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RESEARCH TRIANGLE PARK – Soybeans are sometimes called magic beans due to their wide utility. They are used as livestock feed, in human foods ranging from tofu to salad oil, in crayons that are non-toxic and safer for children, in biodiesel fuel, in household cleaners and in countless other products.

The versatile plant has the largest footprint of any crop in North Carolina, accounting for nearly 6 percent of the state’s farm income – more than corn, tobacco, sweet potatoes and other crops. Soybeans are grown in every one of the state’s 100 counties, from the mountains to the coast, and bring farmers about $800 million in a good year.

Bao-Hua Song, Ph.D., a biology professor at the University of North Carolina Charlotte, wants to keep those good years coming.

Song and soybeans
Bao-Hua Song, Ph.D., her research team, and soybeans.
-Photo by Amy Hart

This fall she won a $2.8 million grant from the National Science Foundation (NSF) to develop new and diverse soybean varieties that can resist the world’s most damaging soybean pest, a tiny roundworm called the soybean cyst nematode (SCN).

The parasite feeds on the roots of soybean plants, stunting root and leaf growth, and reducing the number of soybean pods that form. Annual crop losses due to SCN amount to up to $1.5 billion in the United States.

Song aims to develop new and diverse soybean varieties with broad-spectrum resistance to SCN.

“High levels of crop losses have implications not only for farm viability but for worldwide food production,” Song told Inside UNC Charlotte, the university’s online news site. “The most efficient and environmentally friendly approach to mitigating SCN damage is to develop and deploy new soybean varieties that can withstand it.”

NSF grant to foster collaboration

The five-year NSF grant will allow Song to convene an interdisciplinary group of researchers with a diverse range of plant biology expertise, including multi-omics, systems biology, functional genetics, plant physiology and computational biology, to tackle the challenge. Key collaborators will include Mukhtar Shahid of the University of Alabama at Birmingham and Chen Sixue of the University of Mississippi.

The team will try to understand more deeply the molecular mechanisms of broad SCN resistance in wild relatives of farmed soybean plants.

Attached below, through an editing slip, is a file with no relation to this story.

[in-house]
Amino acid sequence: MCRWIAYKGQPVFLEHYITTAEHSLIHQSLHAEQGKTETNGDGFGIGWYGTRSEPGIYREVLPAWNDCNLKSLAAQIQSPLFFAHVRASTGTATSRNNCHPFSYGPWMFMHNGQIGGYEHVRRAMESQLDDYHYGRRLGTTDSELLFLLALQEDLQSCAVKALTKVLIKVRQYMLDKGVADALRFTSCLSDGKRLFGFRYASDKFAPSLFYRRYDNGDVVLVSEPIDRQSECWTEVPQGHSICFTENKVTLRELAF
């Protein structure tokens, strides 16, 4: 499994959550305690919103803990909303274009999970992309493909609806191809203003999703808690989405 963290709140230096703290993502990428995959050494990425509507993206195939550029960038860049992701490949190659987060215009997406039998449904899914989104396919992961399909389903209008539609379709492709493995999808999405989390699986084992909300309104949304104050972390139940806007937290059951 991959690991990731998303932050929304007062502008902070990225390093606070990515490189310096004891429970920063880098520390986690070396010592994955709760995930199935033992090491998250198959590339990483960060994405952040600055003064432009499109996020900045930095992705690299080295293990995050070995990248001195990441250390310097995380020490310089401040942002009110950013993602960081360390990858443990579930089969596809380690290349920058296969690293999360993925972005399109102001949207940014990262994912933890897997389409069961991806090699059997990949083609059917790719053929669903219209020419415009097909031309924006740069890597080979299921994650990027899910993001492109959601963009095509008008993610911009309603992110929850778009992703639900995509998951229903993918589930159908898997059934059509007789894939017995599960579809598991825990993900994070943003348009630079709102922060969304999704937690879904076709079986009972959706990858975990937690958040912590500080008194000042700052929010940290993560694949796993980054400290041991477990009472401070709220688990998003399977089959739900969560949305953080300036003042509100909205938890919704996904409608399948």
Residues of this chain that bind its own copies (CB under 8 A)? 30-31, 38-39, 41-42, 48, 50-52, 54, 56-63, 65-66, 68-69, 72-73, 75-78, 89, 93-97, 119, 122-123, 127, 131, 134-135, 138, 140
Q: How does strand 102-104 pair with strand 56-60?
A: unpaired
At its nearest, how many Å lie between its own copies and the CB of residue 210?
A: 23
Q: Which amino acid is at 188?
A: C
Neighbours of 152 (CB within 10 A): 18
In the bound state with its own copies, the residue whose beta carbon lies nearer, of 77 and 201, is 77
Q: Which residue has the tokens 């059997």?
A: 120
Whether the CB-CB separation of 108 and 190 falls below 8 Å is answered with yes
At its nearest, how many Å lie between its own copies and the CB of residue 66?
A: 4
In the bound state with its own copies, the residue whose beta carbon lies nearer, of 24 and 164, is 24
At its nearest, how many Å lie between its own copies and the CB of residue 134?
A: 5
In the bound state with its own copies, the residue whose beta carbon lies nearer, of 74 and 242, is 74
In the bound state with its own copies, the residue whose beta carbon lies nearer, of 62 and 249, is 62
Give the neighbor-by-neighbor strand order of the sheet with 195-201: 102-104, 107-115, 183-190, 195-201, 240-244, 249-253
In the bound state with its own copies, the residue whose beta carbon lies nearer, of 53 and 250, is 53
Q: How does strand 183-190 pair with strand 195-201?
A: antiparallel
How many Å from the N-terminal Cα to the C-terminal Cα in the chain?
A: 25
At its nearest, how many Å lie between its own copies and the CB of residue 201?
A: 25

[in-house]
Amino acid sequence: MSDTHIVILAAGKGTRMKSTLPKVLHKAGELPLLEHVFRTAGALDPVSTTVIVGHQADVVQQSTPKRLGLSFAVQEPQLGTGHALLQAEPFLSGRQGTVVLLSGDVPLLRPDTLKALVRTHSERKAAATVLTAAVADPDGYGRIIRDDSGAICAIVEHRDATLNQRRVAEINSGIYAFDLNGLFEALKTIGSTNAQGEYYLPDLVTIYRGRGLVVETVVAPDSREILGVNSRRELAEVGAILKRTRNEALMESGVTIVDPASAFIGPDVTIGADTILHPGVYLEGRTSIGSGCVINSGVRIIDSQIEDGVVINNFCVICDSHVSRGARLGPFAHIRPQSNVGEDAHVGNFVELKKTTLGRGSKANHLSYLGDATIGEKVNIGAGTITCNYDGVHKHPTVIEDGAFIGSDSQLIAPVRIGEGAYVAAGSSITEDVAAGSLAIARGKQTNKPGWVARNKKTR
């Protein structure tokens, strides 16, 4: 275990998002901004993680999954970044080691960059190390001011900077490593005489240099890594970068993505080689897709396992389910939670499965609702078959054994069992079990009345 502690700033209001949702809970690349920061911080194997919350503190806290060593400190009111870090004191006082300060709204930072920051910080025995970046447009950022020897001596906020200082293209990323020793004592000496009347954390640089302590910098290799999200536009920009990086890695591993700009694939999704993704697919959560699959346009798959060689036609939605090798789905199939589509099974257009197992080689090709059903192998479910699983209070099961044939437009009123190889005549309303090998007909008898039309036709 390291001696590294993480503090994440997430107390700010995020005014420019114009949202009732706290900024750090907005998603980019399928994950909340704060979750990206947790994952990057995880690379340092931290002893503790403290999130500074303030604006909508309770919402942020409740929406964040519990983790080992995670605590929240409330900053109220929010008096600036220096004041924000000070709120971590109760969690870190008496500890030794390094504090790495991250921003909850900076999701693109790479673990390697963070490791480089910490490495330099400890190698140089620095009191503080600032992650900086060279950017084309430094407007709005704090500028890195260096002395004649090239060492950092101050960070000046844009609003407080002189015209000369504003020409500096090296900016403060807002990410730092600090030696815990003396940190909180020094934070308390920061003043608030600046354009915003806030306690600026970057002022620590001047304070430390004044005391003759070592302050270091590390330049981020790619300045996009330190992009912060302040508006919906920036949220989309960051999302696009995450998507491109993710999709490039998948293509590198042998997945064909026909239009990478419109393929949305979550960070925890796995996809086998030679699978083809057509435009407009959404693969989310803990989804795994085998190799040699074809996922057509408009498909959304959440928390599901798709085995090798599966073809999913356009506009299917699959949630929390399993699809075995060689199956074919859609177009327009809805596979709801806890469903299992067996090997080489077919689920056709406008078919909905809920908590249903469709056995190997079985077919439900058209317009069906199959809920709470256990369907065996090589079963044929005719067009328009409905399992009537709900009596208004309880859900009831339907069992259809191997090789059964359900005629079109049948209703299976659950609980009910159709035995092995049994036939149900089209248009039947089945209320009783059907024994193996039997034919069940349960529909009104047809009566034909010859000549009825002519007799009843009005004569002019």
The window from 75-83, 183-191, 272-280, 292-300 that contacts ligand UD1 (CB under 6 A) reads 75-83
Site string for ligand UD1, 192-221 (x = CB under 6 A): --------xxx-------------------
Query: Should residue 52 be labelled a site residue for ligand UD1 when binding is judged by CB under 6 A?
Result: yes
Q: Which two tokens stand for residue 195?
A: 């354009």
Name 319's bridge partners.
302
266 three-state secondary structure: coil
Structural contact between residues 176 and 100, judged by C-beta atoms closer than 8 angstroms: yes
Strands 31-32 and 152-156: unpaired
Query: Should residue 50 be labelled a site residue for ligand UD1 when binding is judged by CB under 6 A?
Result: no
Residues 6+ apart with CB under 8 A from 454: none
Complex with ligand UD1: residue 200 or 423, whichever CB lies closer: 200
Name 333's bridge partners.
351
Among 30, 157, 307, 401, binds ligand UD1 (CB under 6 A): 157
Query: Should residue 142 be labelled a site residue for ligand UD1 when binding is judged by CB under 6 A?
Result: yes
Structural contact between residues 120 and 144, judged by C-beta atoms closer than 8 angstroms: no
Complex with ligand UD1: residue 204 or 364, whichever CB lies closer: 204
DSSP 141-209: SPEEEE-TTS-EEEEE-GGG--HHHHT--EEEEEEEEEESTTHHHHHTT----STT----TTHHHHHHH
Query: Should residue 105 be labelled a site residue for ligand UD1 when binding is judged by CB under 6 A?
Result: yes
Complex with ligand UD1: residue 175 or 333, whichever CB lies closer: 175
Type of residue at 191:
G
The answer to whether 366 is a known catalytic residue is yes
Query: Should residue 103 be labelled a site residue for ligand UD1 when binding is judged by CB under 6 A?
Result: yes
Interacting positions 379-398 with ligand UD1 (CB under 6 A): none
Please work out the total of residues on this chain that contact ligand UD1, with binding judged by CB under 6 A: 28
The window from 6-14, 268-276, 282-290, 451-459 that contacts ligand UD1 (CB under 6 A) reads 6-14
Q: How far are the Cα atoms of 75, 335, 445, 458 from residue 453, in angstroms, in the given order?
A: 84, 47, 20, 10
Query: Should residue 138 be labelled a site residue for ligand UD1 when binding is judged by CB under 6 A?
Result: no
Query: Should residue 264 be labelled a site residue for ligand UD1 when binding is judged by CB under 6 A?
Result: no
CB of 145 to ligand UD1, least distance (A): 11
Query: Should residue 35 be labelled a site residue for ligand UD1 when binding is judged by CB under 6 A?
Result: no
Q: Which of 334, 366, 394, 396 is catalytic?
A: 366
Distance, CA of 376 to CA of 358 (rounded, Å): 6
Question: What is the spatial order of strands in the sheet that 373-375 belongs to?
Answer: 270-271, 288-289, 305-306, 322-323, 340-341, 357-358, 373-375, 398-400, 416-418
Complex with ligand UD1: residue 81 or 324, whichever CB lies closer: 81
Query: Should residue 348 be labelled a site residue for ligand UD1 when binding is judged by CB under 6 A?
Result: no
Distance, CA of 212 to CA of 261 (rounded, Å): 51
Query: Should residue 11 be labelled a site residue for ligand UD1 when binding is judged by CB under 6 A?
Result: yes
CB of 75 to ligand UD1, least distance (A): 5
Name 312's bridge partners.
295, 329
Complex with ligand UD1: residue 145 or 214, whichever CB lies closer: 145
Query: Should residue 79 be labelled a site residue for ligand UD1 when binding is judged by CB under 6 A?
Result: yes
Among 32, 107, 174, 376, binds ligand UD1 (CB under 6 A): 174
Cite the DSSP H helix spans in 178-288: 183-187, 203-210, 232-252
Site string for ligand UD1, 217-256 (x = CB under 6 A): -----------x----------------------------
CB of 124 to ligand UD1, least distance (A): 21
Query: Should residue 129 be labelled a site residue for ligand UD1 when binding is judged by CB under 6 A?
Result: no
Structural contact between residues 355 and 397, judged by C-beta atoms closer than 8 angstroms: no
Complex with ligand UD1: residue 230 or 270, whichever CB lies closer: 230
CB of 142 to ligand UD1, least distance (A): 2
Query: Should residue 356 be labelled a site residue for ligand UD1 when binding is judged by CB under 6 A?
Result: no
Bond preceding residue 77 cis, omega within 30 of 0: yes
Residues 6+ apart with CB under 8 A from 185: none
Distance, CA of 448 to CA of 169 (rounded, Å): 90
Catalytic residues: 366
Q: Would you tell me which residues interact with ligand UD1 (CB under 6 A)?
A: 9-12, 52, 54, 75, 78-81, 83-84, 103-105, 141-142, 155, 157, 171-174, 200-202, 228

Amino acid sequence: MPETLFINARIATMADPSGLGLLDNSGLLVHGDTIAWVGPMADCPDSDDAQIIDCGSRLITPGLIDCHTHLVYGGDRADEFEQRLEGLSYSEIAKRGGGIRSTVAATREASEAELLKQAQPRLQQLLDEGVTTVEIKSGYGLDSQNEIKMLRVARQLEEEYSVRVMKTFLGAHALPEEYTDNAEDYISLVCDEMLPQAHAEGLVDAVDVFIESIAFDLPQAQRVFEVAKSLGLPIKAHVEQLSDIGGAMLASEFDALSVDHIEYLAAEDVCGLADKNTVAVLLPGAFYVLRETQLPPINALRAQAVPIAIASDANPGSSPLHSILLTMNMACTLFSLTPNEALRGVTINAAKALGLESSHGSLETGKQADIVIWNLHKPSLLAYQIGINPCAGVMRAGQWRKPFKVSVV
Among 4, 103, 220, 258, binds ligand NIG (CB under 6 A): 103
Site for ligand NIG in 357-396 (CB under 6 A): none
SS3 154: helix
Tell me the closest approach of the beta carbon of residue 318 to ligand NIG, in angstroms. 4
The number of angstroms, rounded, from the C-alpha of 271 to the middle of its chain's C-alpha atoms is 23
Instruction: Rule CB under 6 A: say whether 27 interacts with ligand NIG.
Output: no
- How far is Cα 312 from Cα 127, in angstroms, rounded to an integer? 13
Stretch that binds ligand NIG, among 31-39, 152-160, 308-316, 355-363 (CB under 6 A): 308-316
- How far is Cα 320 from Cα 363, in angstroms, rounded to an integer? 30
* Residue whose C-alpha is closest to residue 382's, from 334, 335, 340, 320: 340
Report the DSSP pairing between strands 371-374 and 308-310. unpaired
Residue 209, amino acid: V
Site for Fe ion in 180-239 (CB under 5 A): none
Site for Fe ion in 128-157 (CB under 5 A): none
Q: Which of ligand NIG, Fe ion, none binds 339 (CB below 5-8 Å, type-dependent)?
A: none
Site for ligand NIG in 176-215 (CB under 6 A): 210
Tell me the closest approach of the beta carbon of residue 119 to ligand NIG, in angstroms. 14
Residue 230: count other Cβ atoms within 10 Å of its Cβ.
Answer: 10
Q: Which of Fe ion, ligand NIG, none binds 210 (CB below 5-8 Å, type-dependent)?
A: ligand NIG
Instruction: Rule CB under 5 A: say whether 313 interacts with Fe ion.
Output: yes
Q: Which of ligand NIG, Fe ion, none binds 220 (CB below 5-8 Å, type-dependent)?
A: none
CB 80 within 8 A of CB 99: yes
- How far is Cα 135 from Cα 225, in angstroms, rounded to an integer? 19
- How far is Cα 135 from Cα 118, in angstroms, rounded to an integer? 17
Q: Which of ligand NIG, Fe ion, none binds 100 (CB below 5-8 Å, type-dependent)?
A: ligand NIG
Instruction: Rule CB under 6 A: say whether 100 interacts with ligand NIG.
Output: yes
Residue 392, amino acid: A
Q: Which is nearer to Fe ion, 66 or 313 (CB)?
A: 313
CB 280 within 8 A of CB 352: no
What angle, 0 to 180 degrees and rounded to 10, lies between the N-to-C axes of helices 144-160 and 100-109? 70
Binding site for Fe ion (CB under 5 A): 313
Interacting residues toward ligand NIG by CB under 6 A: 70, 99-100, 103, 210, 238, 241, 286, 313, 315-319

“We know that the wild soybean Glycine soja, for example, possesses genomic diversity that holds untapped genetic resources for identifying novel SCN-resistant genotypes,” Song said. “This will remain important as we move forward with developing new soybean varieties.”

Song’s research grant, awarded through the NSF’s Plant Genome Research Program, also includes support for expanding the level of computational expertise in plant science. A goal is to increase the number of scientists and educators qualified to work in and teach systems biology, the computational and mathematical analysis and modeling of complex biological systems.

Song will collaborate with Charlotte Teachers Institute to develop ways to provide hands-on education and training to undergraduate and graduate students and high school science teachers. The proposed work includes the creation of a new course in systems biology along with workshops, seminars and symposia for scientists and teachers.

The NSF grant comes at an opportune time for Song to enhance her research and advance her career. In July she was promoted to full professor at UNC Charlotte after first serving as an assistant professor, then an associate professor.

“The NSF recognizes that mid-career scientists benefit from support that allows them to secure research time,” she said. “Support of this kind affirms my desire and potential to become an international leader and teacher-scholar as UNC Charlotte moves to the forefront of this exciting field.”

Support from NCBiotech

According to Song, the NSF award would not have been possible without prior support from the North Carolina Biotechnology Center. Since 2014, her team has received four research grants from NCBiotech to support the foundational research in SCN resistance and to explore strategies for SCN management.

“Over the years, NCBiotech has supported us with over $200,000, which is a game changer as it allowed us to collect necessary preliminary data that led to the successful application for this NSF award,” Song said. “In addition, the work supported by NCBiotech led to 17 peer-reviewed publications and much-needed training opportunities for postdocs, graduate students and undergraduate students (over 15 trainees). These grants are especially meaningful for us as UNC Charlotte is a growing urban institution of more than 30,000 students, with a substantial number of first-generation, low-income and underrepresented students.”

Susan Lankford, Ph.D., director of science and technology development for NCBiotech, said, “We are so pleased to have played a part in the advancement of Dr. Song’s research. Our grant programs are designed to enable researchers to generate data for subsequent funding opportunities; thus, outcomes such as Dr. Song’s NSF award are especially gratifying. Dr. Song is an outstanding scientist, who is exceptionally creative and energetic, and we congratulate her and her team on this award.”

Song’s work has also received funding from the National Institutes of Health, the North Carolina Research Campus, Charlotte Research Institute, Monsanto Co., the North Carolina Soybean Producers Association and UNC Charlotte.

Her research is broadly focused on understanding the molecular basis and evolution of complex trait variations significant to agriculture, human health and climate adaptation.

Song earned her Ph.D. from the Beijing Institute of Botany at the Chinese Academy of Sciences and received postdoctoral training at the Max Planck Institute of Chemical Ecology in Jena, Germany, and at Duke University.

(C) N.C. Biotech Center